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17 Jan 2007 : Column 800

Mike Penning (Hemel Hempstead) (Con): The Secretary of State knows that my only interest is in what is right for the armed forces; I do not have defence interests in my constituency, although I did serve myself. In today’s statement, there is nothing to suggest why Metrix and Wales were chosen. It might be the right decision, but nothing in the statement made public today indicates why it was made. Will the Secretary of State elaborate, in a spirit of openness?

Des Browne: Coming to the House to announce a decision is, in some circumstances, quite restricting. There is a comparatively short period in which to make a statement, and I am trying to stick to that requirement. To supplement the information available to hon. Members, I have placed a significant amount of background information, including the independent verification of technical assessments, in the House of Commons Library. Members can look at that information at their leisure if they wish to satisfy their curiosity or if they wish to be certain that we have been open. A detailed, complex technical assessment of the bids was made against a number of criteria that were set out in the bid process—I have made the information to tender available to the House of Commons, too—and on value for money the Metrix bids were the significant winner, which is why they were chosen. We must get down to details and discuss the terms of the contract to see whether those complex services can be delivered.

Mr. Robert Walter (North Dorset) (Con): The Secretary of State will be aware that the Defence College of Communications and Information Systems is located in Blandford in my constituency. The South West of England Regional Development Agency estimates that the economic footprint of the military presence at Blandford is nearly £300 million a year, so the impact of any move will be significant. The Ministry of Defence has spent nearly £100 million developing the Royal School of Signals at Blandford into a centre of excellence, so I think that the decision is wrong. However, I want assurances about the future of Blandford. Will the Secretary of State confirm that the headquarters of the Royal School of Signals will remain at Blandford, that the signal officer in chief will remain there, and that in future Blandford will be the natural base for all signal regiments when they are located in the United Kingdom?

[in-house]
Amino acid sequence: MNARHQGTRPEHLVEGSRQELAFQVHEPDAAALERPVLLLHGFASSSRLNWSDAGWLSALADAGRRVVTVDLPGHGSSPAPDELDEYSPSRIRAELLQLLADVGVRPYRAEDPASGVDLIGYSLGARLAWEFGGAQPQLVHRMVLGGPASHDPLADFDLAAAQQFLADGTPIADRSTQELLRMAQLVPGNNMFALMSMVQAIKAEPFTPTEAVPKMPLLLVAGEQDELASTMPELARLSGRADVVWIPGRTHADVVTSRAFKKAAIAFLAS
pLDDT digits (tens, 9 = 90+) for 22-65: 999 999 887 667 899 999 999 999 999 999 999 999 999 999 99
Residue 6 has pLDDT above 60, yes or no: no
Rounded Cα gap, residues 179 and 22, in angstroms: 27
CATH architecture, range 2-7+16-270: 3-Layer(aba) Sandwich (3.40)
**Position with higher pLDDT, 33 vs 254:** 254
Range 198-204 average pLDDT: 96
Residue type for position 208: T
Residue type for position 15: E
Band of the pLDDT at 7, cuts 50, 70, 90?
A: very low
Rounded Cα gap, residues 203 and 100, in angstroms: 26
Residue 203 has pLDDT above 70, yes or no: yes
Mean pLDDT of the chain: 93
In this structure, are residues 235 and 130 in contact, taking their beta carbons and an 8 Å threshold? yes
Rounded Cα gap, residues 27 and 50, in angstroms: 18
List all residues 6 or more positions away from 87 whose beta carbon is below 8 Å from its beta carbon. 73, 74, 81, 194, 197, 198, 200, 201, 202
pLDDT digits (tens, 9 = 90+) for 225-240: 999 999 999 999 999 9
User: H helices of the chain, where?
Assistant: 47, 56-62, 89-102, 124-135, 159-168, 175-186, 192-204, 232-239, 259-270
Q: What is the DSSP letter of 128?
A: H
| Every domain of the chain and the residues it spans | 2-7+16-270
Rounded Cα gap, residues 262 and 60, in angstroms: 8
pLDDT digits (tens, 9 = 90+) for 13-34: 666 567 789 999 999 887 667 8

Des Browne: I understand the hon. Gentleman’s desire to extract those assurances from me, and he will understand my inability to give them to him. I have already said some quite detailed things about Blandford, and I confirm that we are still reviewing the implications for the headquarters of the signal officer in chief and the other units, including research and development facilities at Blandford. I cannot say any more at this stage.

Lembit Öpik (Montgomeryshire) (LD): I very much welcome the awarding of the contract to St Athan, which brings a period of uncertainty to an end and will unquestionably benefit the Welsh economy as a whole. Did the Ministry consider keeping the training contract in the public sector, or was the PPP approach the only one to be considered?

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Des Browne: I have already indicated in reply to previous questions some of the advantageous characteristics of the PPP, but the most significant advantage was that it allowed us the opportunity to make capital investment that, I candidly admit, we could not otherwise make. After decades of failure to invest in the infrastructure that delivered our training, the scale of investment required was such that it would take decades to secure it if we had used any other method. This way, however, we can secure it in the time scale that I gave in the statement.